In Utah, the bureau estimated that 28.7 percent of babies were minorities. That was up from 25.2 percent in 2010.
University of Utah research economist Pam Perlich said immigration from abroad to Utah in recent decades has fueled rapid growth in that percentage from an era just a few decades ago when almost all Utahns, young and old, were white and non-Hispanic.
She called the growth of minorities among Utah's youth "the leading edge of the 'majority-minority' generation. Once the old white baby boom generation fades away, that's who's going to take our place."
Earlier census data showed that minorities are already the majority among youth under age 18 in some smaller geographic areas in Utah, such as western Salt Lake City, West Valley City, South Salt Lake and Ogden. Perlich says it is a trend that is expanding statewide as it has throughout the nation.
In fact, the census said Thursday that 49.7 percent of Americans younger than age 5 are minorities, up from 49 percent in 2010. In Utah, Perlich said schools report that children speak 129 different languages at home, and percentages of minorities are growing almost everywhere.
"A lot of larger metro areas don't have that much cultural and linguistic diversity. It is a treasure in our own communities as we try to connect to the outside world in an increasingly global economy," Perlich said.
While the majority of babies in Utah are still white and non-Hispanic, Perlich said that has been changing because of a 25-year surge of immigration that lasted until the recession hit in 2007.
"If Utah continues to be what it has been over the last 25 years, which is a net-immigration center … then we will continue to trend toward the nation," she said.
The new data show that Latinos are the largest minority group by far in Utah. That population grew by 4 percent to 372,912 in 2011. Utah's Hispanic population grew from 12.97 percent in 2010 to 13.24 percent in 2011.
Utah's next largest minority group is Asians, with a 2011 population of 85,240, or 3 percent of the state's population.
Most immigrants in recent decades were young, Perlich said, so they tended to have children here and help increase the percentage of minorities among Utah's youth.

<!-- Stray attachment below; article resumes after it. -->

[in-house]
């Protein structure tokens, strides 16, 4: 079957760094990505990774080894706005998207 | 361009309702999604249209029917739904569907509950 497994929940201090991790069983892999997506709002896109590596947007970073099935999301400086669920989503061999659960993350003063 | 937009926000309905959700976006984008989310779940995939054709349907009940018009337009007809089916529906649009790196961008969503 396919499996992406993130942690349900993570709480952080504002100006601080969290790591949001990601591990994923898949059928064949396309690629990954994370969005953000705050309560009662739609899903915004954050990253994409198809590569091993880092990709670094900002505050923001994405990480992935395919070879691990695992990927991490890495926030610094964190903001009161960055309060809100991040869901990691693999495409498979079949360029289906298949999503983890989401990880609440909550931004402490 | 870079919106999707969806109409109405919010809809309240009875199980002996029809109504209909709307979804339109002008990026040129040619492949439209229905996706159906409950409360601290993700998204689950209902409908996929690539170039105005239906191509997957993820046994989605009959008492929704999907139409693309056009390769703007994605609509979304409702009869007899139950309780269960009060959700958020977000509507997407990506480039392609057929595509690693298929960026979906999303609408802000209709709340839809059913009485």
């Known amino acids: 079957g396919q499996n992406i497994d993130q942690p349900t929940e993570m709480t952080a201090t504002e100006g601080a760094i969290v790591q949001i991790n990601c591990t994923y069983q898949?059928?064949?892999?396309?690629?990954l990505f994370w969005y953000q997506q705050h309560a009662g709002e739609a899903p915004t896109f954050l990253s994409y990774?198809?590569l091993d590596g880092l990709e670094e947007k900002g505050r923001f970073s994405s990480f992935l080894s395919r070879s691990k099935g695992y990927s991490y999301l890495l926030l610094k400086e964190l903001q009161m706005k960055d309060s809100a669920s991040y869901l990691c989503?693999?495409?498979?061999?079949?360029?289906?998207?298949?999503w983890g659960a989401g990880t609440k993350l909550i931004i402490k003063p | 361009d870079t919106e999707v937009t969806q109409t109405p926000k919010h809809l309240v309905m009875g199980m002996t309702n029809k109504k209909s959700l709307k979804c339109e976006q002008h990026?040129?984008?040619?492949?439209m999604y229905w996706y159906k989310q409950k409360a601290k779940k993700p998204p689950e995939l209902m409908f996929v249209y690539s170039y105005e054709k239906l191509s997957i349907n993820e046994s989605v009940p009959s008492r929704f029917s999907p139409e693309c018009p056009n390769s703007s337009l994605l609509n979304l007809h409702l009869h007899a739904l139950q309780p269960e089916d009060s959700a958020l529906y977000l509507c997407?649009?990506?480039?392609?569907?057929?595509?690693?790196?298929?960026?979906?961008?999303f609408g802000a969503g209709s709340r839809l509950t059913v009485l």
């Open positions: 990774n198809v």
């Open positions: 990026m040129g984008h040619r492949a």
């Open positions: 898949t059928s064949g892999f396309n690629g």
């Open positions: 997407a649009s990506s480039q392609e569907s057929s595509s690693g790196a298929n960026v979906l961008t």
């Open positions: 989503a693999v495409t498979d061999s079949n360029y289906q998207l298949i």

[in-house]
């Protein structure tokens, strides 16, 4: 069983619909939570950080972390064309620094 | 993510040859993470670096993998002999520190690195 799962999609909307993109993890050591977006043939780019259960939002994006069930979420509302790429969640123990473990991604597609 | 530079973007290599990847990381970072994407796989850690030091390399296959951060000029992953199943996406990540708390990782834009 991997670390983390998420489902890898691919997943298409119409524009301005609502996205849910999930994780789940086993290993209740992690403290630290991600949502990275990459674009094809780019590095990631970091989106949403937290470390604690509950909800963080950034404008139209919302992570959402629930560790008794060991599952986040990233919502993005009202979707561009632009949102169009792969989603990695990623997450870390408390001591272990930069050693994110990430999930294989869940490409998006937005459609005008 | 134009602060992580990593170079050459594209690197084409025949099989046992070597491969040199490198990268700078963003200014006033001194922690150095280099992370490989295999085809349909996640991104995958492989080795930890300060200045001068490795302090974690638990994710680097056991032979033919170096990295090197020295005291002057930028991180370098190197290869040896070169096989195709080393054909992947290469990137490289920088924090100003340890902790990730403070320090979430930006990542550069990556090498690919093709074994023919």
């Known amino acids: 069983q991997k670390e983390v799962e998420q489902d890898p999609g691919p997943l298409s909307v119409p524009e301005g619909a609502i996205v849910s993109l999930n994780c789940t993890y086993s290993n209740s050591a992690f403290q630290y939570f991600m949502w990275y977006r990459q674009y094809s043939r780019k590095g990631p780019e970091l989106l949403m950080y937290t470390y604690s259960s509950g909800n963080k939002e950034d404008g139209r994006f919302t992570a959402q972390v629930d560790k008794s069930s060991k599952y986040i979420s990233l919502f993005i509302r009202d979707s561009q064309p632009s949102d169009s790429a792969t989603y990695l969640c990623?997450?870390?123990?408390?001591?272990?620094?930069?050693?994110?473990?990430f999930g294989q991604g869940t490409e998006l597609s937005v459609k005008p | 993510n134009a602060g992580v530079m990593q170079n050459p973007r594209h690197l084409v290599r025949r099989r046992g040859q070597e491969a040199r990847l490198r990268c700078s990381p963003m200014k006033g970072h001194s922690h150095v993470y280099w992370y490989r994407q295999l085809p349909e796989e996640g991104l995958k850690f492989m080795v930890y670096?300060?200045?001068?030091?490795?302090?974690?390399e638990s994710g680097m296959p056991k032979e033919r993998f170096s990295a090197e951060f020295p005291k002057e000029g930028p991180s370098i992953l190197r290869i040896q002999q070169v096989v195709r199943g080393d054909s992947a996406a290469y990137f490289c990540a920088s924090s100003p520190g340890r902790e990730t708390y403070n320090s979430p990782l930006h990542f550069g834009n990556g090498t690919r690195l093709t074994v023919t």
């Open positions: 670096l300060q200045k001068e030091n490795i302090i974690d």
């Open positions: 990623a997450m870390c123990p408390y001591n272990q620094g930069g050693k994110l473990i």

Also, Utah's universities attract young adults to the state from abroad, she said. "When you combine that with the Mormon culture … we have a lot of children."
The new data released Thursday backed up that assertion. Utah in 2011 once again had the lowest median age in the nation: 29.5 years of age, which was up a few ticks from 29.2 years in 2010.
Perlich said Utah is slowly trending toward the nation as residents tend to marry a bit older and have fewer children, which is raising the state's average age over time.
Nationally, the median age of Americans in 2011 was 37.3, up from 37.2 in 2010.
Maine had the oldest median age of any state: 43.2 years old, or 13.5 years older than in Utah.
Utah also had the highest percentage of its total population that is younger than age 5: 9.3 percent. On the other end of the spectrum, Florida has the highest percentage of its population that is age 65 or older: 17.6 percent.
The new estimates from the Census Bureau on Thursday were for age and minority data from its annual American Community Survey.
It earlier released overall population estimates for states, counties and metropolitan areas.
U.S. babies now 'majority-minority,' and Utah heading that direction
In 2011, 50.4 percent of Americans under age 1 were minorities the first time that population reached a majority.
In Utah, 28.7 percent of babies were minorities. But that was up from 25.2 percent in 2010 and the percentage has been escalating in recent years.